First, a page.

The Japanese, according to one of their proverbs, reckon that "bad and good are intertwined like rope".
Japan's traditional culture may prove key to a dynamic future
It also now seems that the nation's economic and international prospects may be inextricably linked to how cool and cultured the population is.
"Artistic and cultural activities now extend beyond national borders," the Japan Forum on International Relations (JFIR) said in its latest report.
"Japan must posses attributes that attract the admiration, goodwill and respect of people in other countries."
According to the think tank, Japan should ensure it projects an image that proves as alluring and pervasive as the American dream.
Instead of John Wayne, Coca-Cola and hamburgers, think geishas, bonsai trees and sushi.
After more than a decade of economic woes, Japan is looking to become the world's hippest nation, with a growing number of business leaders and government officials referring to the country's "gross national cool" as an engine for growth.
"Japan's foreign policy must be based on an understanding and appreciation of traditional Japanese values, and must inspire goodwill and respect... not antipathy and scorn," JFIR said.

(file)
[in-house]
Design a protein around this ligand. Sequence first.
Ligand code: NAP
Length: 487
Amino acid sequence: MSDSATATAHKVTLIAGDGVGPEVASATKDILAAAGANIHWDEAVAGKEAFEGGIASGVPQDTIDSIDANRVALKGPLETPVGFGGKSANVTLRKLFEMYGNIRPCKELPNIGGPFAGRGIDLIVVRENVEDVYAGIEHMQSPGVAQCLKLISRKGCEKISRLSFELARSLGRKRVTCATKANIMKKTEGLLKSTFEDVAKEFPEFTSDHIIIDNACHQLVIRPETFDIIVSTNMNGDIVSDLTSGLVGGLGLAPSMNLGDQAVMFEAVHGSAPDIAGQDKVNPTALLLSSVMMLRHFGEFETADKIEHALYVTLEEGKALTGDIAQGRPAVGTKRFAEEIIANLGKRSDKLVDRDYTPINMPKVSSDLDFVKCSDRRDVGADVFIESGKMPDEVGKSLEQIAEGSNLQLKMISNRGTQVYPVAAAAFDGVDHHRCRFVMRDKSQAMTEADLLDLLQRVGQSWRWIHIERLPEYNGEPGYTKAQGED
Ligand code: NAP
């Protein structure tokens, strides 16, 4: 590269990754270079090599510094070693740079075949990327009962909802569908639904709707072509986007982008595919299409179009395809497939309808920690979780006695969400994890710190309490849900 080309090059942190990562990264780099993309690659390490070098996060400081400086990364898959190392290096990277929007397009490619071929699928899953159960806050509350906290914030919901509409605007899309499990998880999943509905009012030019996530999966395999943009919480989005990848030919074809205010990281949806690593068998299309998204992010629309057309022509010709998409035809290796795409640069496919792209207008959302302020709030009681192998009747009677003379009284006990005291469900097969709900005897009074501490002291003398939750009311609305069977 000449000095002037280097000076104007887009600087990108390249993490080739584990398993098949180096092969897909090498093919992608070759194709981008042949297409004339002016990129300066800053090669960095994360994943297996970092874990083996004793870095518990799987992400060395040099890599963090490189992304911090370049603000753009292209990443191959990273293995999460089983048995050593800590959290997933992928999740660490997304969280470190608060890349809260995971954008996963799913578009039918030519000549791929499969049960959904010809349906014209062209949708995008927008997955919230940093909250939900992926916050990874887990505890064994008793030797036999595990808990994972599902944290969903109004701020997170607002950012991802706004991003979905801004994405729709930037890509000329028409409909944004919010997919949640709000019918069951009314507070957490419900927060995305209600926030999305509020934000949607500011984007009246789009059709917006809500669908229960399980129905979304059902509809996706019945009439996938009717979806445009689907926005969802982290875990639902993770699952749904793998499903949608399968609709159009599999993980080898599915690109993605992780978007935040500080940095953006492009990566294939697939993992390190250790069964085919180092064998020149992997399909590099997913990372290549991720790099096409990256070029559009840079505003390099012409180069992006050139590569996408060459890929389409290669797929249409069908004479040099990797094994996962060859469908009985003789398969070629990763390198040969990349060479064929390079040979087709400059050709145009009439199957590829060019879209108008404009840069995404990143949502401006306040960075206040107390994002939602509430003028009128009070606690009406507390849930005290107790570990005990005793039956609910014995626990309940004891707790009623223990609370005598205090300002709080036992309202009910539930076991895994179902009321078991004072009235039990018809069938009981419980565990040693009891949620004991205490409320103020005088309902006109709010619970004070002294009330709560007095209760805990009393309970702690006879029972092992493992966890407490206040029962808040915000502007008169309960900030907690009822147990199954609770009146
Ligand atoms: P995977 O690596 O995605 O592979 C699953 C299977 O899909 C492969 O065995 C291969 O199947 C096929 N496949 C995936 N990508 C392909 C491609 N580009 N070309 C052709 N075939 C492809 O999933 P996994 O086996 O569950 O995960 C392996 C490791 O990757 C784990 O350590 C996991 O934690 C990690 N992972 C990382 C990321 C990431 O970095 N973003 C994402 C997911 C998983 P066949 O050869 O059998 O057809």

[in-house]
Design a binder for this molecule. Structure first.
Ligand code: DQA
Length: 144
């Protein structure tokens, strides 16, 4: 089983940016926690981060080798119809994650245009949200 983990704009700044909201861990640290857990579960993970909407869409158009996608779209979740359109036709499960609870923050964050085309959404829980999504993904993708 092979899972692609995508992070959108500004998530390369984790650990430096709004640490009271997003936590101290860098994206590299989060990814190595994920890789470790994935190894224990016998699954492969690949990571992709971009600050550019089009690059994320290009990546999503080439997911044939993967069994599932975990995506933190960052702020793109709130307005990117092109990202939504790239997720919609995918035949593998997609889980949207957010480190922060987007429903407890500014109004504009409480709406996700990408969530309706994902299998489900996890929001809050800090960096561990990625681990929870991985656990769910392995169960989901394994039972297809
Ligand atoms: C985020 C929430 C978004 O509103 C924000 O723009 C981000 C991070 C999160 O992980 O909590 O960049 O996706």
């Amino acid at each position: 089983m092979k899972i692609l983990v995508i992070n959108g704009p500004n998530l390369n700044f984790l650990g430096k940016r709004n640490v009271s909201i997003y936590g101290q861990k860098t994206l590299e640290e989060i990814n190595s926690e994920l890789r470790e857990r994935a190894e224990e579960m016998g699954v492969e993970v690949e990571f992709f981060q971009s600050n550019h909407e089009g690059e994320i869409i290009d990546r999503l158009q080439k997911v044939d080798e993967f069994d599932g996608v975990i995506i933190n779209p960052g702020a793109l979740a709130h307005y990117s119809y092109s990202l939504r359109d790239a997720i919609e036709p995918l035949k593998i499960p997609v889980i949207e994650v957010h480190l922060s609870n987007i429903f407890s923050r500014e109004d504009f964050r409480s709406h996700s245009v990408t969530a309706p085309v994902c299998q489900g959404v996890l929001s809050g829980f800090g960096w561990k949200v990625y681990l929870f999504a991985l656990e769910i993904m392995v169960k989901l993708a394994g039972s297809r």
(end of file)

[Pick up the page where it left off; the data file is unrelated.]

That way it will be able to exercise a "soft power", a sort of subconscious manipulation, over other nations, the think tank claims.
Simply put, we will buy more Japanese products, and support their policies, because we will want to be seen as more Japanese.
Foreign demand has been key in Japan's recent economic turn around, but recently that recovery has begun to sputter.
During the three months through September the economy teetered on the brink of a technical recession and a strengthening of the yen against the dollar has raised even more question marks about growth going forward.
JFIR wants Japan to emulate the global reach of American culture
Key to the JFIR's strategy will be education - that way the Japanese will be smart enough to earn our respect.
It recommends that policy makers enhance Japanese language teaching, and ensure that students develop "a respect for the arts through their learning of philosophy, history and traditional culture".
Teaching should be available for everyone, focus on providing key skills, and train people who can earn respect and compete abroad. It also should make sure that individualism is promoted, but not at the expense of the collective.
The military's role in Iraq, where its troops are have taken on a peace-keeping role and are helping to rebuild shattered infrastructure, is another example of the kind of action that could improve Japan's international standing, JFIR said.
"Today, whether they intend to or not, all people have the potential to exercise soft power on behalf of their country - the role is no longer confined to a certain group, such as diplomats, academics, journalists or businesspeople.
"Japan has developed a full range of admired cultural resources, from the sense of beauty appreciated since the mid-19th century by foreigners... to today's movie and anime.
"These cultural assets are now considered a part of Japan's strengths."